Summary 500 words
The use of programmable logic devices such as FPGAs has become a very attractive solution for High Energy Physics applications. With the ability to be reprogrammed in the field, FPGAs offer the flexibility to continuously develop and update already deployed instrumentation. However, a major caveat of SRAM based FPGAs are their susceptibility to radiation. As the configuration of the FPGA is stored in SRAM memory, Single Event Upsets (SEUs) in this configuration memory may lead to a malfunction of the FPGA. In the main tracking detector of ALICE, the Time Projection Chamber, an SRAM based FPGA from Xilinx is implemented in the Readout Control Unit (RCU) of the front-end electronics and controls the read out of
data from the detector. This FPGA will experience SEUs induced by the radiation produced when the LHC beams are collided in ALICE experiment. A dedicated reconfiguration solution has therefore been implemented to continuously detect and correct any SEUs in the configuration memory of the the RCU FPGA. The solution is based on partial reconfiguration, an option offered by Xilinx for a number of FPGAs to reconfigure the configuration
memory without interrupting the operation of the FPGA. Due to the sophisticated implementation of this solution, every SEU is registered and logged by the detector control system. This allows us to monitor and correlate the number of SEUs to the number of collisions or luminosity seen by the ALICE experiment. In fact, as the SEU cross section of the FPGA configuration memory is known from previous irradiation tests, the network of 216 FPGAs installed on the TPC detector can be used as an online radiation monitor.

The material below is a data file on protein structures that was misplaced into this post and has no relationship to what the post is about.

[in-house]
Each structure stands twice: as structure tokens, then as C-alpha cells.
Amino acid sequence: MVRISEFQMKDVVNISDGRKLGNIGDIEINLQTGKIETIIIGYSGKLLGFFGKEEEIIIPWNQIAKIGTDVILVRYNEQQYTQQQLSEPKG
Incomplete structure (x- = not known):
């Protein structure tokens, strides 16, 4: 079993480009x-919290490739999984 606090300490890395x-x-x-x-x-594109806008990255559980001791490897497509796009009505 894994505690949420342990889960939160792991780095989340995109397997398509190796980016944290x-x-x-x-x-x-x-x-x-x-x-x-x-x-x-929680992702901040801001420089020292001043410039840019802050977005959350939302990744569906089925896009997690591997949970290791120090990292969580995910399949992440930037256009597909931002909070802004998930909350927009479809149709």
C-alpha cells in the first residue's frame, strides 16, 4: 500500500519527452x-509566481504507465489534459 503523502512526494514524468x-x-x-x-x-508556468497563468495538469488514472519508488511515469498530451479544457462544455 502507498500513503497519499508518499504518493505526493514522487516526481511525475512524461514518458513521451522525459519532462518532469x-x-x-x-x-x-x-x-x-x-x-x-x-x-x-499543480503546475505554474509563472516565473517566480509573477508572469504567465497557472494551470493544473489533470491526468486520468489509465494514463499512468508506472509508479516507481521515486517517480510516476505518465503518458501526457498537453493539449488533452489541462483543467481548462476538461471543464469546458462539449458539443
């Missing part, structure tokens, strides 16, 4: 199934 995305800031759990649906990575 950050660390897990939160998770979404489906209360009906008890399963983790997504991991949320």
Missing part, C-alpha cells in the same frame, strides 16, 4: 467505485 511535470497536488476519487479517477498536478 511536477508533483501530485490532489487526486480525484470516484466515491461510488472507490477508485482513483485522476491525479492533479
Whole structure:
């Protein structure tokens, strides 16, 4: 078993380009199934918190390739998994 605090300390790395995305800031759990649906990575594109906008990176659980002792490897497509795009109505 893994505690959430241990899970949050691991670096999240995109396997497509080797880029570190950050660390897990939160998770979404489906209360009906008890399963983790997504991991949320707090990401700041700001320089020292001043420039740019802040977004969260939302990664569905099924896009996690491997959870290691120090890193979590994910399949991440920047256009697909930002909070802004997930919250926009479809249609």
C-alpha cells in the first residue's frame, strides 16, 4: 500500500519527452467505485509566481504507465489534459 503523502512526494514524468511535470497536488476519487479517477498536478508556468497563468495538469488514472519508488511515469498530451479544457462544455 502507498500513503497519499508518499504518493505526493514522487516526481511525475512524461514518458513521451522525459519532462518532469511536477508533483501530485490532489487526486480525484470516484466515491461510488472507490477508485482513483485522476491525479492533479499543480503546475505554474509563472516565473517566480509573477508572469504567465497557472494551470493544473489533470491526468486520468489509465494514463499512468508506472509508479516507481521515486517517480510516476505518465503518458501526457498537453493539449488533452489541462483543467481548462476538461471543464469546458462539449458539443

This paper will present the first measurements of radiation induced SEUs in the RCU FPGAs. The results will be compared to simulations and discussed in light of the expected integrated luminosity. These results are of high importance as they provide the first measurement-based predictions of the SEU rate that can be expected for the RCU FPGA in the coming years of operation.